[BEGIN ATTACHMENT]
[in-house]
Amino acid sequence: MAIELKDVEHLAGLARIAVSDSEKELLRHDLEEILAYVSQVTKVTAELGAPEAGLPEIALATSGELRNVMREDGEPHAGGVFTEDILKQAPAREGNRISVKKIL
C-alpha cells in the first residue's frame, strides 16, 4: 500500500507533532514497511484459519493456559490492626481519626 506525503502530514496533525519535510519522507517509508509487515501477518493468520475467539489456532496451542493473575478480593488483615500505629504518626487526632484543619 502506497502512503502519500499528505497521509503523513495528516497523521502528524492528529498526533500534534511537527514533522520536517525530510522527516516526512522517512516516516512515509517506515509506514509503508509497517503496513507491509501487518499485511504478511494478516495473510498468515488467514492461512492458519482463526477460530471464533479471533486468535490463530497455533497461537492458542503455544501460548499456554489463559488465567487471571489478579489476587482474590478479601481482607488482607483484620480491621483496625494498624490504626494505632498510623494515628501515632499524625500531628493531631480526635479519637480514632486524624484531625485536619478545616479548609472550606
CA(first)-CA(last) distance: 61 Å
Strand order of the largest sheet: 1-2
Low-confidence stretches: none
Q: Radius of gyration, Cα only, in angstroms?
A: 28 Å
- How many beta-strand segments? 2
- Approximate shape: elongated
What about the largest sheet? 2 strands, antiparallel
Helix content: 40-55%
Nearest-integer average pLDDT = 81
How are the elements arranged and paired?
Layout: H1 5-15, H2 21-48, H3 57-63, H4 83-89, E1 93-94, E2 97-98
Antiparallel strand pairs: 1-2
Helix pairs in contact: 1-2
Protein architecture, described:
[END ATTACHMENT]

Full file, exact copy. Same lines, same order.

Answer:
[in-house]
Amino acid sequence: MAIELKDVEHLAGLARIAVSDSEKELLRHDLEEILAYVSQVTKVTAELGAPEAGLPEIALATSGELRNVMREDGEPHAGGVFTEDILKQAPAREGNRISVKKIL
C-alpha cells in the first residue's frame, strides 16, 4: 500500500507533532514497511484459519493456559490492626481519626 506525503502530514496533525519535510519522507517509508509487515501477518493468520475467539489456532496451542493473575478480593488483615500505629504518626487526632484543619 502506497502512503502519500499528505497521509503523513495528516497523521502528524492528529498526533500534534511537527514533522520536517525530510522527516516526512522517512516516516512515509517506515509506514509503508509497517503496513507491509501487518499485511504478511494478516495473510498468515488467514492461512492458519482463526477460530471464533479471533486468535490463530497455533497461537492458542503455544501460548499456554489463559488465567487471571489478579489476587482474590478479601481482607488482607483484620480491621483496625494498624490504626494505632498510623494515628501515632499524625500531628493531631480526635479519637480514632486524624484531625485536619478545616479548609472550606
CA(first)-CA(last) distance: 61 Å
Strand order of the largest sheet: 1-2
Low-confidence stretches: none
Q: Radius of gyration, Cα only, in angstroms?
A: 28 Å
- How many beta-strand segments? 2
- Approximate shape: elongated
What about the largest sheet? 2 strands, antiparallel
Helix content: 40-55%
Nearest-integer average pLDDT = 81
How are the elements arranged and paired?
Layout: H1 5-15, H2 21-48, H3 57-63, H4 83-89, E1 93-94, E2 97-98
Antiparallel strand pairs: 1-2
Helix pairs in contact: 1-2
Protein architecture, described: